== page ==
“Just Ask for It!” (Ephesians 2:8)

This slideshow requires JavaScript.

During the Spanish-American War, Clara Barton was overseeing the work of the Red Cross in Cuba. One day Colonel Theodore Roosevelt came to her, wanting to buy food for his sick and wounded Rough Riders. But she refused to sell him any.

Roosevelt was perplexed. He men needed the help and he was prepared to pay out of his own funds. When he asked someone why he could not buy the supplies, he was told, “Colonel, just ask for it!” A smile broke over Roosevelt’s face. Now he understood – the provisions were not for sale. All he had to do was simply ask and they would be given freely.

That’s how a sinner receives eternal life. Salvation is a gift. If it could be bought at an auction, millionaires would compete for the purchase and most people  would be excluded. If it could be gained by working for it, the strong would push the weak out of the running. But God’s forgiveness is free for the asking! Nothing we can do will ever earn God’s gift. Only through faith in Christ and in what He has done at Calvary’s cross can we receive provision for our soul’s deepest need.

Do you have eternal life through Jesus Christ? It’s available to you if you humbly acknowledge your sin and just ask Jesus to save you! – Paul R. Van Gorder

Trusting only in Thy merit,

Would I seek Thy face;

Heal my wounded, broken spirit,

Save me by Thy grace. – Crosby

Why pay the high price of being lost when salvation is free?

  • October 11, 1992, Our Daily Bread

The Effort of a Friend (Galatians 2:21)

This slideshow requires JavaScript.


Your neighbor is wrestling with the engine of his car, trying to fix it. But every time he puts pressure on a “frozen” nut, the wrench slips off and tears her knuckles on a fan blade. So you say, “Bill, wait a minute, I’ve got a socket wrench with an extension on it that will do the job. I’ll go get it.” Assuming he’ll welcome your coming to his rescue, you run next door and skip half a dozen  steps on your way down to the basement. There at the bottom of your toolbox is what he needs. Then back up the stairs you go, nearly tripping over the dog and your children. After all that, how does your neighbor respond when you offer your help? You can hardly believe your ears as he says, “No thanks, I think I can get it myself.” Makes your actions look like a terrible waste, doesn’t it?

That self-sufficient neighbor is a picture of all who refuse God’s offer of forgiveness through Christ and try to save themselves. By relying on their own efforts. They are saying that Christ’s horrible suffering on the cross was nothing more than a nice but unnecessary gesture. Refusing the free gift of God’s grace, though, is spiritual suicide. Take His word for it, righteousness doesn’t come by the law. We cannot work for it. No amount of our own  blood, sweat, or tears can ever obtain our salvation. There’s  no way to reject Christ and still walk through the door of heaven. Jesus’ death for our sin is our only hope of eternal life. – Martin R. De Haan II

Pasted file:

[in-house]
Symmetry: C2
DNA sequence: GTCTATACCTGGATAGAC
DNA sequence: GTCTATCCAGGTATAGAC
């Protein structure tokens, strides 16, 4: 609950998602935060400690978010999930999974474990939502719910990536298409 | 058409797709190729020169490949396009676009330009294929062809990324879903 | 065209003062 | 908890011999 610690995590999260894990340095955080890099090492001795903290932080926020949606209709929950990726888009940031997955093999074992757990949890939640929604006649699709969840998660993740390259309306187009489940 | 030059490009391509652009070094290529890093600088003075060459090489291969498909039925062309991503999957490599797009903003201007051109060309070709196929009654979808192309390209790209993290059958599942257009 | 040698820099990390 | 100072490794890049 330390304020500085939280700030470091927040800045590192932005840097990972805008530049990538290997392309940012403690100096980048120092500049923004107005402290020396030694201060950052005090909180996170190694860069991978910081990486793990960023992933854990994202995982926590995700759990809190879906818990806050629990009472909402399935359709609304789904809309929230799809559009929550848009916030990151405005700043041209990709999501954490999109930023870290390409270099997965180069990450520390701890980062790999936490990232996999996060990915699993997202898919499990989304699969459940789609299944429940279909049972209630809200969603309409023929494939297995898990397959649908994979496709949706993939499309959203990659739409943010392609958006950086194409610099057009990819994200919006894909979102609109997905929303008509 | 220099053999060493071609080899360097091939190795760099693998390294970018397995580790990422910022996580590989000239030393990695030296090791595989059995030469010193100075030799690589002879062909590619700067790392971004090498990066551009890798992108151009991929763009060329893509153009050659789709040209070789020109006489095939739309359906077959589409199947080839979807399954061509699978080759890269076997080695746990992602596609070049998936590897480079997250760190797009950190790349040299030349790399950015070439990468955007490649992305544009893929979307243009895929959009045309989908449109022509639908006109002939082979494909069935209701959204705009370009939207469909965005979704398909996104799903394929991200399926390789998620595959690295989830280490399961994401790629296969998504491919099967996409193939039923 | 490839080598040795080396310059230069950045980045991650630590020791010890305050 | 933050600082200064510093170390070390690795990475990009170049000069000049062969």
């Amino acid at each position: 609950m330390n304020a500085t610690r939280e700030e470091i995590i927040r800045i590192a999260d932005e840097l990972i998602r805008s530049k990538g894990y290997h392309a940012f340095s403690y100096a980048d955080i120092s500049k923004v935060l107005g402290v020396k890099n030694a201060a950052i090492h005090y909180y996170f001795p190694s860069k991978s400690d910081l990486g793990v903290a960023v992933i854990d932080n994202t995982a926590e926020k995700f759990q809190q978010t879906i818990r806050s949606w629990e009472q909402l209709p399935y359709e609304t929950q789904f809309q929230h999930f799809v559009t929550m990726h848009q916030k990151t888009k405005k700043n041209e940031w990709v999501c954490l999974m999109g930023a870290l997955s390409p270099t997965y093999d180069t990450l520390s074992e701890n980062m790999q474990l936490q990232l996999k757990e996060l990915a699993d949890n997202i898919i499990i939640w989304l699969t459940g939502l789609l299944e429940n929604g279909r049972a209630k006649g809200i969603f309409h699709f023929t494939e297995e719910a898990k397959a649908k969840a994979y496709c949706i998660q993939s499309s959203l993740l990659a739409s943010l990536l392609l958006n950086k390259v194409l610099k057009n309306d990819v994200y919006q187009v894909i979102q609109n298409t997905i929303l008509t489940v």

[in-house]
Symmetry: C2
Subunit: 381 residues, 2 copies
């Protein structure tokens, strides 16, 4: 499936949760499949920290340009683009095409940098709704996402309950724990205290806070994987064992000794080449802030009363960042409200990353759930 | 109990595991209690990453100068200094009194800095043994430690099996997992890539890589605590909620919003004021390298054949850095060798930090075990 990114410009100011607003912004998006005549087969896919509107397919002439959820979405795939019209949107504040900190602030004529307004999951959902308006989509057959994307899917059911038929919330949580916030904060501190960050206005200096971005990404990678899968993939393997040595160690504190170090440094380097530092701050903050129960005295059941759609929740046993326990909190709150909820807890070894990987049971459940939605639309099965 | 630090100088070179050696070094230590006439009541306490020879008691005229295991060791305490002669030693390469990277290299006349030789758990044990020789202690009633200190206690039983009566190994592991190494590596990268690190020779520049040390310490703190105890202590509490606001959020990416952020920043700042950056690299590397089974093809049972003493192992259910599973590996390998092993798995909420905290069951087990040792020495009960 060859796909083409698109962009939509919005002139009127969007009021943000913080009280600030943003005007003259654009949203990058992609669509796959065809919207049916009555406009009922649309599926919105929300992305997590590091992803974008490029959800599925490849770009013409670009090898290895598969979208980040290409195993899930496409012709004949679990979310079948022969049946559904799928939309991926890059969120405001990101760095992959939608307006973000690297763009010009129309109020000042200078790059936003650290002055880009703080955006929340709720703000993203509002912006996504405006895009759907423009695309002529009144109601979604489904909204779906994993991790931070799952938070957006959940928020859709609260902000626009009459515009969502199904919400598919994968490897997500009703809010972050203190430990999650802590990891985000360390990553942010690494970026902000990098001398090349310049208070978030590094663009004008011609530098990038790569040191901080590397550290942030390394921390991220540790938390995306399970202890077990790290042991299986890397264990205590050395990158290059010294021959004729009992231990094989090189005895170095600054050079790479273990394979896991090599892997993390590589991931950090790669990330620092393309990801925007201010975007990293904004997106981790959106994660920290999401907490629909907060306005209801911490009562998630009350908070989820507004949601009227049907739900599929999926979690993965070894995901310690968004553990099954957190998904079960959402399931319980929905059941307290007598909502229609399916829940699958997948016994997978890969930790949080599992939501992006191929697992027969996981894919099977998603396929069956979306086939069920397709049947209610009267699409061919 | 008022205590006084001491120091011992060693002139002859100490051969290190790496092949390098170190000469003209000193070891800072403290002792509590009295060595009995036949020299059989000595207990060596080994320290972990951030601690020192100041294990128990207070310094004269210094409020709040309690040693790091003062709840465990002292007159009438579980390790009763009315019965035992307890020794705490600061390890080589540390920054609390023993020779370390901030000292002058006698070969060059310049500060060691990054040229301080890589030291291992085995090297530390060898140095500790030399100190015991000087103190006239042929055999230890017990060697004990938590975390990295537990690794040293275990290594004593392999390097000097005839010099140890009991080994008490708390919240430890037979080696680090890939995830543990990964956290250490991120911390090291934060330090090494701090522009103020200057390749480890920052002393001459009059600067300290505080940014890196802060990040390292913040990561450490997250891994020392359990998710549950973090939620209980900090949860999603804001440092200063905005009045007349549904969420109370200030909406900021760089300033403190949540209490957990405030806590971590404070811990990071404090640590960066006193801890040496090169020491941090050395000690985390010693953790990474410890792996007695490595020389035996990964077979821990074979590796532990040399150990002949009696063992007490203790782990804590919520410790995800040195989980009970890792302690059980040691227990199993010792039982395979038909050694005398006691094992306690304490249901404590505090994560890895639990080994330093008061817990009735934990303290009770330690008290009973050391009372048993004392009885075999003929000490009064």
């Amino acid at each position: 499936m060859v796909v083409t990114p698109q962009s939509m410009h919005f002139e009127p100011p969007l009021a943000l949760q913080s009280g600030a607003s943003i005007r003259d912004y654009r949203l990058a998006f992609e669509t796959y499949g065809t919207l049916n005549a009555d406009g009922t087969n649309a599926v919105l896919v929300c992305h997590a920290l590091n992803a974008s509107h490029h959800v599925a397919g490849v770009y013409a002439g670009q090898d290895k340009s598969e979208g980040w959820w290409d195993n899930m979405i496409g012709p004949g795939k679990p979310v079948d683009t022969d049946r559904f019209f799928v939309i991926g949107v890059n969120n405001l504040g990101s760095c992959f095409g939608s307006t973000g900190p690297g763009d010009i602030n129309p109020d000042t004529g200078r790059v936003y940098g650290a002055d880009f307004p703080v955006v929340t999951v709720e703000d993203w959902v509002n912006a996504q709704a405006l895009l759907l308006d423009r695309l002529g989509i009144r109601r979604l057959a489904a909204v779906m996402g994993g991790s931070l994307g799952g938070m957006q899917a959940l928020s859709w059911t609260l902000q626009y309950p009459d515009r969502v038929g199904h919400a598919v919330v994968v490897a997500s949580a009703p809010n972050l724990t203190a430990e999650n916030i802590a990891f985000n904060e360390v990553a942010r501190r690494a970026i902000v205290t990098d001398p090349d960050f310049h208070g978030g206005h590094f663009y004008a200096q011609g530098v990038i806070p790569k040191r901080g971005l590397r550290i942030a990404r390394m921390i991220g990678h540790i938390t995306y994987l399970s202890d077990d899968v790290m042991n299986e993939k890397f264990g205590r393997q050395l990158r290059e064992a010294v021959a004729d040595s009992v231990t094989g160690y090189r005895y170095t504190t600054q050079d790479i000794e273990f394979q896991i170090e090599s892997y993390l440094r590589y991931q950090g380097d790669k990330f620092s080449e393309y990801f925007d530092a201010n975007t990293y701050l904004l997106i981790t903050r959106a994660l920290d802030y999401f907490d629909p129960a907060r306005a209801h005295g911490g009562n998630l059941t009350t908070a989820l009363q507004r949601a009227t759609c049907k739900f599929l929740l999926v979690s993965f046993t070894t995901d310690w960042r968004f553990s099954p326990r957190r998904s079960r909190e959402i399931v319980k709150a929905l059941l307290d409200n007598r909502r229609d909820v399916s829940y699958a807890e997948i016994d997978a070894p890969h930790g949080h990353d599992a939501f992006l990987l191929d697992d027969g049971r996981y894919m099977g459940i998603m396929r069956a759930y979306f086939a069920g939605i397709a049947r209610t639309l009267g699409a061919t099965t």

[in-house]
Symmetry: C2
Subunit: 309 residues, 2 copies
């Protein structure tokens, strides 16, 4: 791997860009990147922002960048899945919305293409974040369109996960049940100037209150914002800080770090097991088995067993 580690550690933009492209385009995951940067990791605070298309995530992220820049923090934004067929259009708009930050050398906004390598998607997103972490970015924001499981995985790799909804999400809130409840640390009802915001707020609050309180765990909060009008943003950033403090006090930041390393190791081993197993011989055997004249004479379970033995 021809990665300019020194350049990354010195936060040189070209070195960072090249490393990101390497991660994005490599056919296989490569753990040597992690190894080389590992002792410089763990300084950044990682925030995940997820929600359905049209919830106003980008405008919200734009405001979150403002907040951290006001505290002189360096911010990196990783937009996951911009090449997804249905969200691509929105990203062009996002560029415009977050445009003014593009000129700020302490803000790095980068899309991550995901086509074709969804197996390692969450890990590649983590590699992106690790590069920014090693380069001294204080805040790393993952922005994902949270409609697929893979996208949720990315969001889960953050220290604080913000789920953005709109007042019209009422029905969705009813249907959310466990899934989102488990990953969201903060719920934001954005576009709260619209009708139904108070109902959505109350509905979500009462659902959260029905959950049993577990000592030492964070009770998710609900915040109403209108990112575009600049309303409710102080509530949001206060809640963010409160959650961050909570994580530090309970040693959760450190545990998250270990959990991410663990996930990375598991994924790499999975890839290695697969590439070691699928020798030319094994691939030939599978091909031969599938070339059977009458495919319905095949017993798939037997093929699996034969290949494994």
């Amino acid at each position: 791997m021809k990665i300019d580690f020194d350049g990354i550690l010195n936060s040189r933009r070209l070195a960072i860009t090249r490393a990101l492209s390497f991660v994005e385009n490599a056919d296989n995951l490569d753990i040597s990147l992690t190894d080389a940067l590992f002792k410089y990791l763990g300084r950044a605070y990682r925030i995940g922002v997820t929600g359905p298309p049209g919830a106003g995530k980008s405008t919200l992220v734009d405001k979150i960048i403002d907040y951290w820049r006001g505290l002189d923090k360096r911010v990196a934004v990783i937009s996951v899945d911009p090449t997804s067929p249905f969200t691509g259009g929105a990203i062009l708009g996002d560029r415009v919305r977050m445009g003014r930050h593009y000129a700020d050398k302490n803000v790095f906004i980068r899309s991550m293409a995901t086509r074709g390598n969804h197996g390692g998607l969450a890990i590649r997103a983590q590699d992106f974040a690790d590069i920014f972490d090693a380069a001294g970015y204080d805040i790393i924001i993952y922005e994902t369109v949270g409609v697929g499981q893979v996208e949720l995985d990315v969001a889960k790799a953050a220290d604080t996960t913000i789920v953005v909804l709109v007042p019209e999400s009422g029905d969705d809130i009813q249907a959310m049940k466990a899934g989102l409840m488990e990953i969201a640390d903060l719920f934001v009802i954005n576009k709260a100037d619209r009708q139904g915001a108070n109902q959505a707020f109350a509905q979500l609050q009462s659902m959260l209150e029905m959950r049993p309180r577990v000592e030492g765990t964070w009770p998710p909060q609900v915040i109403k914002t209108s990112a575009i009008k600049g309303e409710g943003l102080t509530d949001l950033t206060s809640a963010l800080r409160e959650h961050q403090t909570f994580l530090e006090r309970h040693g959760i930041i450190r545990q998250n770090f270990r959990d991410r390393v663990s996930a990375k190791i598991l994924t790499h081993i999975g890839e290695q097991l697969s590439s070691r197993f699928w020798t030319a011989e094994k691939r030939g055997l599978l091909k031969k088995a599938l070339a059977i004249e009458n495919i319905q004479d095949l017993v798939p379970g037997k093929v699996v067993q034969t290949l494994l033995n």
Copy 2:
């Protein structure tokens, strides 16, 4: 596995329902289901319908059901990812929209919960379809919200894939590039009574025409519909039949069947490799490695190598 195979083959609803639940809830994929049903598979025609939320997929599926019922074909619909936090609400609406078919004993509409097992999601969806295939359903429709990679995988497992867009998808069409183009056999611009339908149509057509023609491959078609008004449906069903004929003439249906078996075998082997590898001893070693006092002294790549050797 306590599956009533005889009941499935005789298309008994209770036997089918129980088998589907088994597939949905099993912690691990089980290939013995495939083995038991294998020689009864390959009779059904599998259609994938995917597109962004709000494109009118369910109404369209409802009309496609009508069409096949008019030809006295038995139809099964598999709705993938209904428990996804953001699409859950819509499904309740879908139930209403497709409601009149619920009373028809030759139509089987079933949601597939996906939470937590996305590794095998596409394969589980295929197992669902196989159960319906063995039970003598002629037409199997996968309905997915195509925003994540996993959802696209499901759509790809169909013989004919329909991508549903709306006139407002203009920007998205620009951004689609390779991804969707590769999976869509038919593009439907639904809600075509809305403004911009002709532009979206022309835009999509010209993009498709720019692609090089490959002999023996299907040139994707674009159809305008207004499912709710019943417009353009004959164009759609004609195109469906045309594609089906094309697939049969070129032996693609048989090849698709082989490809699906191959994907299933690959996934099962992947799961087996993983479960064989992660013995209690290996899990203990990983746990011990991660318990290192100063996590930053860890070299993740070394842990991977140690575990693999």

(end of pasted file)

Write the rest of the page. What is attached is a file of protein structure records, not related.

No merit of my own

His anger to suppress;

My only hope is found

In Jesus’ righteousness. – Clayton

If we could merit our salvation, Christ would never have died to provide it.

  • October 4, 1988, Our Daily Bread

Little or Much (Philippians 4:11)

This slideshow requires JavaScript.

Each generation raises the contentment bar, it seems. With every new technological advance, we seem to need more and more things to be satisfied. My parents’ generation knew nothing of a family having more than one car, but my generation grew up expecting to have one at their disposal. When I was growing up, we didn’t even have computers, but I hear young people today complaining because the one they have isn’t the latest model.

The standards for true contentment, though, know no calendar. The 21st century will bring all kinds of marvels to our world, but it won’t bring a better definition for contentment than the 2,000-year-old words of the apostle Paul. He said, “I have learned in whatever state I am, to be content …. Everywhere and in all things I have learned both to be full and to be hungry …. I can do all things through Christ who strengthens me (Philippians 4:11-13).

The secret to contentment is found in Christnot in man’s inventions, creature comforts, techno-toys, wealth, or amusement. It’s accepting what God has given us, and by His strength making the most of it. As 19th-century author Maltbie Babcock said, “Contentment … is the grateful, faithful, and fruitful use of what we have, little or much.” – Dave Branon

All that I need He will always be,

All that I need till His face I see;

All that I need through eternity,

Jesus is all I need. – Rowe

Most of us are not content with our lot because we want a lot more.

  • October 8, Vol. 18, Our Daily Bread

Do We Have Enough? (Philippians 3:18-19)

This slideshow requires JavaScript.

No matter how much we accumulate, it seems we never have enough. The more we have, the more we want. It’s a phenomenon a friend of mine calls the Barbie-doll law: Accessories once considered optional become mandatory, creating need and wants we never thought of before. More often than not, we come to the end of every endeavor and acquisition vaguely discontented and unhappy.

Henry Kissinger, former US Secretary of State, writes, “To Americans, tragedy is wanting something very badly and not getting it. But many people have had to learn … that perhaps the worst form of tragedy is wanting something badly, getting it, and finding it empty.”